CD1 - Emphasis, Stuttgart 1961 CD 595-1
recorded November 7, 1961 at Mozartsaal, Liederhalle Stuttgart/Germany
CD2 - Flight, Bremen 1961 CD 595-2
recorded November 23, 1961 at Sendesaal Radio Bremen/Germany
At a time when the leading edge of mainstream jazz was pulling through modal jazz into hard bop, Jimmy Giuffre was headed in another direction. His early trios were simultaneously polite and experimental, an unusual combination that revealed both his cool roots and his fearlessness in stepping over the cliff. Nowhere were these qualities more evident than on his early-'60s trio records alongside pianist Paul Bley and bassist Steve Swallow.
Titles like Free Fall and Flight explicity emphasized his steps away from safety, while Thesis and Fusion spotlighted the more intellectual aspects of his work. In the presence of collaborators who understood how to take compositions far beyond their formal structure, he threw away "arrangement," ablated conventional ideas of "accompaniment," and redefined "solos." And since this particular trio (as well as others around the same time) lacked a drummer, time became a piece of putty to be stretched and squeezed at will. With some effort you can imagine how a drummer might have sounded, but almost none-if any-of Giuffre's contemporaries could have pulled it off.
All that is visible on these two live records from November of 1961 which originally appeared on Hat Hut almost a decade ago and have now been reissued in a double set. They offer an expanded opportunity to hear the Giuffre/Bley/Swallow trio to run wild (very politely, of course) in a concert setting. And since they were recorded only two weeks apart, they combine to form an extended snapshot of a creative nucleus in action.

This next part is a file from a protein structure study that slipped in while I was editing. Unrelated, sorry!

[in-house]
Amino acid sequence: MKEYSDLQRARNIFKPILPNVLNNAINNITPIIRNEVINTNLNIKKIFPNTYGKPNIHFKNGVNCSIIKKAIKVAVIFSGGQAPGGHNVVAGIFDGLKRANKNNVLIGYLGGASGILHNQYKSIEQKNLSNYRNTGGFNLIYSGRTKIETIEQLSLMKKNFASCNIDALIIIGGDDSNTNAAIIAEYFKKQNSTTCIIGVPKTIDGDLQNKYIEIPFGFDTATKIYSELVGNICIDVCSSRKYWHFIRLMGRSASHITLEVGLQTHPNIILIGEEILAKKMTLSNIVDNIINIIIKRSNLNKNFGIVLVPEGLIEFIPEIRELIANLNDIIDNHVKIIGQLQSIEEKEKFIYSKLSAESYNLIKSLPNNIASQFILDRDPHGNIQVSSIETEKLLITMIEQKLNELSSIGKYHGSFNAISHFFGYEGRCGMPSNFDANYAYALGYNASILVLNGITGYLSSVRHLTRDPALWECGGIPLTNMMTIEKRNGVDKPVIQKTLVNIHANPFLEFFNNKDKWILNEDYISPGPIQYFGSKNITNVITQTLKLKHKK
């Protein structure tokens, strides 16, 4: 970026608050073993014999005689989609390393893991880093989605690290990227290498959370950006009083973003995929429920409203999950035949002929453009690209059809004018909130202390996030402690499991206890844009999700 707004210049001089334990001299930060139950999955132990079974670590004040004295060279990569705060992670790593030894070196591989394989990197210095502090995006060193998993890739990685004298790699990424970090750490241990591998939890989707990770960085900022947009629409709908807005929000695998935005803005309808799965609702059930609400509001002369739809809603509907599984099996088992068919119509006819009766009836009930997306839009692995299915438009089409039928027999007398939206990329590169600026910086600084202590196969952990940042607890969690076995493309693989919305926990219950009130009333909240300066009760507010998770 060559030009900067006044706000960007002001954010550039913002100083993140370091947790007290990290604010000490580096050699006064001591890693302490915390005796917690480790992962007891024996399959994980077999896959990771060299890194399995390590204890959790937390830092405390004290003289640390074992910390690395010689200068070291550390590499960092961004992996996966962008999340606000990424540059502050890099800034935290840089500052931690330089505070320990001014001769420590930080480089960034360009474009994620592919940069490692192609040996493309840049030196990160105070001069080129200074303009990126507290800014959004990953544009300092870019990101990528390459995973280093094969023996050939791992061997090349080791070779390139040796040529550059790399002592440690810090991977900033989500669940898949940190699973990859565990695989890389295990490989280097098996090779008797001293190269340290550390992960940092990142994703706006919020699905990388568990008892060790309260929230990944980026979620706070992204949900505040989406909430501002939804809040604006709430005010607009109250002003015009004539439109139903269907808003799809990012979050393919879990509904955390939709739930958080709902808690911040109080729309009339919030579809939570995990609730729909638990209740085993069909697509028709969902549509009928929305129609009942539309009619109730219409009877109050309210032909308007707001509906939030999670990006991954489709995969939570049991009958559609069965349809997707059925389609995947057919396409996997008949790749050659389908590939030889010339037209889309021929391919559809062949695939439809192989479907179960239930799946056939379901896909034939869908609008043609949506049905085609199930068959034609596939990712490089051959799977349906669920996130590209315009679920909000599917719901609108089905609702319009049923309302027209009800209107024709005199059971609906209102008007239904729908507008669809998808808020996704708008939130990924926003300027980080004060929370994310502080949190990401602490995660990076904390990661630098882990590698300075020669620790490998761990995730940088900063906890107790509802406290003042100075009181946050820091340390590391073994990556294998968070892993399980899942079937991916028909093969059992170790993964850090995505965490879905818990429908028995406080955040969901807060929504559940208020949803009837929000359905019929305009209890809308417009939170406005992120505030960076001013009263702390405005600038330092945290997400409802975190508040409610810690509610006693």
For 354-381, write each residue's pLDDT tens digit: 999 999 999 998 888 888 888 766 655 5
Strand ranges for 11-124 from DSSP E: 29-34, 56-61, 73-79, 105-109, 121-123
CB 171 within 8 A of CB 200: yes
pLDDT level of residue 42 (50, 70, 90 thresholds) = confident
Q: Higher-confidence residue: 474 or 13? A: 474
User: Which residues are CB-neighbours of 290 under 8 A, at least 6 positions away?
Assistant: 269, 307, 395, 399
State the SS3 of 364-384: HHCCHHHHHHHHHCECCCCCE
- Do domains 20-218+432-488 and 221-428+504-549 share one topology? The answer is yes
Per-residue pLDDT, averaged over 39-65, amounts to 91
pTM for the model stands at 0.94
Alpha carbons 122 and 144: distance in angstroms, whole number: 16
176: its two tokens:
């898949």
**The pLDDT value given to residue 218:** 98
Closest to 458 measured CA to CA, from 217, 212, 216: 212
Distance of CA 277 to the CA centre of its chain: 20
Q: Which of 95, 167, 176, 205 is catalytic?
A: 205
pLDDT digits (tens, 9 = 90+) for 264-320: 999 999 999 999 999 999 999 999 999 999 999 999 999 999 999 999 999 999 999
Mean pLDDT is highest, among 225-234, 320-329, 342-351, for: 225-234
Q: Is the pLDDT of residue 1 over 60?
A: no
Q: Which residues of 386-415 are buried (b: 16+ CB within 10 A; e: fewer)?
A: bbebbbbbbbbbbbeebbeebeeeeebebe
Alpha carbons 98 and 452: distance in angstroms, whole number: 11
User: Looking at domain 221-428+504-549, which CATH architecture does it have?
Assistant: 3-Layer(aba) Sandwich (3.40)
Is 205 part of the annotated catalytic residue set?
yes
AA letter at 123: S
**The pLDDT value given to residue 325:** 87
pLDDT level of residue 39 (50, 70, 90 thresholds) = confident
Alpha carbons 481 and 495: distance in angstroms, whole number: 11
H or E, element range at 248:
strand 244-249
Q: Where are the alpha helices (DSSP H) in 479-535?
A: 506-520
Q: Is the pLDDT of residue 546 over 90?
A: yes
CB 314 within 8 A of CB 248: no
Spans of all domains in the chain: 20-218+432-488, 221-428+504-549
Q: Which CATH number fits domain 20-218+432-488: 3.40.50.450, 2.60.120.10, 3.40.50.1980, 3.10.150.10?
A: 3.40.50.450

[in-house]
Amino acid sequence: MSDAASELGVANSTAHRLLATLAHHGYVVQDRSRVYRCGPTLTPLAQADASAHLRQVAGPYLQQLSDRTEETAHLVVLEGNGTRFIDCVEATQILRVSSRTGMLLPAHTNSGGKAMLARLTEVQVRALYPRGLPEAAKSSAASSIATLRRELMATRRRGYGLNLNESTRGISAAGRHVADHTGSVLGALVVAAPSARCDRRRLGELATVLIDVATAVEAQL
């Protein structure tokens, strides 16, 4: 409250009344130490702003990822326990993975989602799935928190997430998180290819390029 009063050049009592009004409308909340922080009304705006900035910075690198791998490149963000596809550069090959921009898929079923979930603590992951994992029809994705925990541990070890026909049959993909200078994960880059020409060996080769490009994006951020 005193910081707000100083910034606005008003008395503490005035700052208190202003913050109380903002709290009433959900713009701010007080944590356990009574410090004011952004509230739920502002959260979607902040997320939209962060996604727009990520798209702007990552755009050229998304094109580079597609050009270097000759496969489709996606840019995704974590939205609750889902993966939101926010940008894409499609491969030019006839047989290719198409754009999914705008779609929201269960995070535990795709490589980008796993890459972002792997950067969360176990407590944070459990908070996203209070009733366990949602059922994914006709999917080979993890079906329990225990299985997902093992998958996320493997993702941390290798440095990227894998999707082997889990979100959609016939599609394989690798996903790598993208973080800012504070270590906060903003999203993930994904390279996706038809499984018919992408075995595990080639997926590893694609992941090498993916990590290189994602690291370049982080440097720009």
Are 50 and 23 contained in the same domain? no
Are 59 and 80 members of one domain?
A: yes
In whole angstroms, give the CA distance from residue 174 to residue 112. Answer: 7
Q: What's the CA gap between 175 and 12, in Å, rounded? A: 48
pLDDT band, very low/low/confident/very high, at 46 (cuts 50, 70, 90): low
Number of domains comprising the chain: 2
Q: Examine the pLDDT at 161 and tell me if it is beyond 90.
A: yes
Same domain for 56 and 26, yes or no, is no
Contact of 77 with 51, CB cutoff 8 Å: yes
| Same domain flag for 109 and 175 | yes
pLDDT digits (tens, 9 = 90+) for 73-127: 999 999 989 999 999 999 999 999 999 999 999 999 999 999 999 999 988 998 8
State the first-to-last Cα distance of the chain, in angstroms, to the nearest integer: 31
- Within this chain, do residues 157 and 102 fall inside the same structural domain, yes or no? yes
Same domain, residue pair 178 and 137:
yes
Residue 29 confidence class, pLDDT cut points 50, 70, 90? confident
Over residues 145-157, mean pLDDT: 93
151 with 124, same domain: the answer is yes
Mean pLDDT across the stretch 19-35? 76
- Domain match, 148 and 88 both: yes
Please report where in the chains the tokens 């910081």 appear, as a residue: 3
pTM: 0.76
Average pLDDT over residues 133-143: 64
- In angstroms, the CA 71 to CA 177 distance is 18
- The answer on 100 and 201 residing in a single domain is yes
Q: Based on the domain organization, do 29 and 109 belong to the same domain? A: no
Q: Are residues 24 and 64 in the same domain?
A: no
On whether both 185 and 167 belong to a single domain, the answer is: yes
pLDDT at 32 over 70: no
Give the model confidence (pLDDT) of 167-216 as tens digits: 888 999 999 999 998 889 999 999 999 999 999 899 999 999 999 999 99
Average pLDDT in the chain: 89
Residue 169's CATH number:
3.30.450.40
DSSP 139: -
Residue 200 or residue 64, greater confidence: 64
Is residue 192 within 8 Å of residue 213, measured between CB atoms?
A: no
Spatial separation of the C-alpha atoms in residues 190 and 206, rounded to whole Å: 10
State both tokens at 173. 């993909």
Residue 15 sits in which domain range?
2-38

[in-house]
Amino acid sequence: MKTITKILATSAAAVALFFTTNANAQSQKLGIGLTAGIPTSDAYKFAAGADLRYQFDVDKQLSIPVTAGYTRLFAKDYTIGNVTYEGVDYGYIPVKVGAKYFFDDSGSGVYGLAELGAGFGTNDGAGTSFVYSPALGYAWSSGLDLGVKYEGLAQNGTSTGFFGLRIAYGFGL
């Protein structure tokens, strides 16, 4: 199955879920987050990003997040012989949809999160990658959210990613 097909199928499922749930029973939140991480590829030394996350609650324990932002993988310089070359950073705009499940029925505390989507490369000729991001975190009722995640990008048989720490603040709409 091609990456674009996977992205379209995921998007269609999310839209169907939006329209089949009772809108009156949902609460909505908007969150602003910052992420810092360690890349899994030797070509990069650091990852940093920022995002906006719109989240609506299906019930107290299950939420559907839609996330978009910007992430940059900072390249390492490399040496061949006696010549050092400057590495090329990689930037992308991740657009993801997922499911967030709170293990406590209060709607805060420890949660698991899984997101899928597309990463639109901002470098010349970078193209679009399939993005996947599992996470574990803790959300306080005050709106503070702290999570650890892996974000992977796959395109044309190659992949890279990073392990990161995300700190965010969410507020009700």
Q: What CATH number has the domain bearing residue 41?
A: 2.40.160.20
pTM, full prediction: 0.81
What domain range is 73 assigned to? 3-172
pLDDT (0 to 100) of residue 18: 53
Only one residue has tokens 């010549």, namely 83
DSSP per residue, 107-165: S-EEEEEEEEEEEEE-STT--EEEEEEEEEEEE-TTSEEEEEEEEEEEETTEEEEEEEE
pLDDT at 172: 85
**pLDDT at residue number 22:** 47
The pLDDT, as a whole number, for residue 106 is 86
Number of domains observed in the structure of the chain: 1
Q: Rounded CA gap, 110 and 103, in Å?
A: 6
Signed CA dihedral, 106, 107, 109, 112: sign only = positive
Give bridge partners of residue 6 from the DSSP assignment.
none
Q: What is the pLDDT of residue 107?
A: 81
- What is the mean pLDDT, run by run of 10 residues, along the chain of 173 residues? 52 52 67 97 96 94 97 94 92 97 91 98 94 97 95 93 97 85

Paul Bley has always been oriented toward "classical" playing, both in his construction (particularly phrasing) and in his touch, which is generally precise and direct. Echoes of '50s experimentation by the new wave of classical composers appear in his "preparation" of his instrument to yield buzzing timbres, which he combines with subtle blues accents on "Emphasis," for example.
Giuffre's playing (only on clarinet) mostly hovers in the mid to high range of the instrument, using higher frequencies to add emphasis and float through bird-like flutters. Many times throughout these two hours of performance his playing recalls efforts decades later by Michael Moore-light and flowing, always lyrical, adopting drama through breath. And perhaps most significantly, both players prefer phrasing that elasticizes time.
The conversations between the clarinet and piano constitute the majority of the interest and drama in the music, since Bley and Giuffre feel no hesitation dancing around each other's lines. Bley balances out the smoothness of the clarinetist's playing by emphasizing more staccato figures, irregularly spaced and often harmonically obtuse. Unfortunately Steve Swallow, here on the acoustic bass rather than his electric axe of late, is relatively low in the mix, so you have to listen to appreciate the way he introduces depth and heaps of tiny intervals to thicken up the music.